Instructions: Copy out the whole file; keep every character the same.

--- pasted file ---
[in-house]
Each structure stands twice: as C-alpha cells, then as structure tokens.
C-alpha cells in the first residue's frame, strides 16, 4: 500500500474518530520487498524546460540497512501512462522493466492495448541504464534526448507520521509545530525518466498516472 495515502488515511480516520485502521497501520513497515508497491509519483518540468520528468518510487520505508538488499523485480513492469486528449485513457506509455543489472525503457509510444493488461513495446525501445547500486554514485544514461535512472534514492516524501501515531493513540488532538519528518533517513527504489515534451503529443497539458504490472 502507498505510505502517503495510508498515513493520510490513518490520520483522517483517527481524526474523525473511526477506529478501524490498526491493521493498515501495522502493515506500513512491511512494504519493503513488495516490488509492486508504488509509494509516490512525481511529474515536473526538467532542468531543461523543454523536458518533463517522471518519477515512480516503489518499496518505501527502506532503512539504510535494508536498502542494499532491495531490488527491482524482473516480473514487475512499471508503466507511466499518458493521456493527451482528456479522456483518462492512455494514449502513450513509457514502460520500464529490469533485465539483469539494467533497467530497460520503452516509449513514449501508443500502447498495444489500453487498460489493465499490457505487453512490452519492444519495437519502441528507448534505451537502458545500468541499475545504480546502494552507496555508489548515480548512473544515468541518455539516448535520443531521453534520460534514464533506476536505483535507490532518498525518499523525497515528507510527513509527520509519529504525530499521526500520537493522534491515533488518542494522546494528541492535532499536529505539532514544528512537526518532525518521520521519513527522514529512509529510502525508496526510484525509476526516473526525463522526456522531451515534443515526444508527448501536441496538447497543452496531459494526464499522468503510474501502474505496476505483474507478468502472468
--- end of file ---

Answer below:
[in-house]
Each structure stands twice: as C-alpha cells, then as structure tokens.
C-alpha cells in the first residue's frame, strides 16, 4: 500500500474518530520487498524546460540497512501512462522493466492495448541504464534526448507520521509545530525518466498516472 495515502488515511480516520485502521497501520513497515508497491509519483518540468520528468518510487520505508538488499523485480513492469486528449485513457506509455543489472525503457509510444493488461513495446525501445547500486554514485544514461535512472534514492516524501501515531493513540488532538519528518533517513527504489515534451503529443497539458504490472 502507498505510505502517503495510508498515513493520510490513518490520520483522517483517527481524526474523525473511526477506529478501524490498526491493521493498515501495522502493515506500513512491511512494504519493503513488495516490488509492486508504488509509494509516490512525481511529474515536473526538467532542468531543461523543454523536458518533463517522471518519477515512480516503489518499496518505501527502506532503512539504510535494508536498502542494499532491495531490488527491482524482473516480473514487475512499471508503466507511466499518458493521456493527451482528456479522456483518462492512455494514449502513450513509457514502460520500464529490469533485465539483469539494467533497467530497460520503452516509449513514449501508443500502447498495444489500453487498460489493465499490457505487453512490452519492444519495437519502441528507448534505451537502458545500468541499475545504480546502494552507496555508489548515480548512473544515468541518455539516448535520443531521453534520460534514464533506476536505483535507490532518498525518499523525497515528507510527513509527520509519529504525530499521526500520537493522534491515533488518542494522546494528541492535532499536529505539532514544528512537526518532525518521520521519513527522514529512509529510502525508496526510484525509476526516473526525463522526456522531451515534443515526444508527448501536441496538447497543452496531459494526464499522468503510474501502474505496476505483474507478468502472468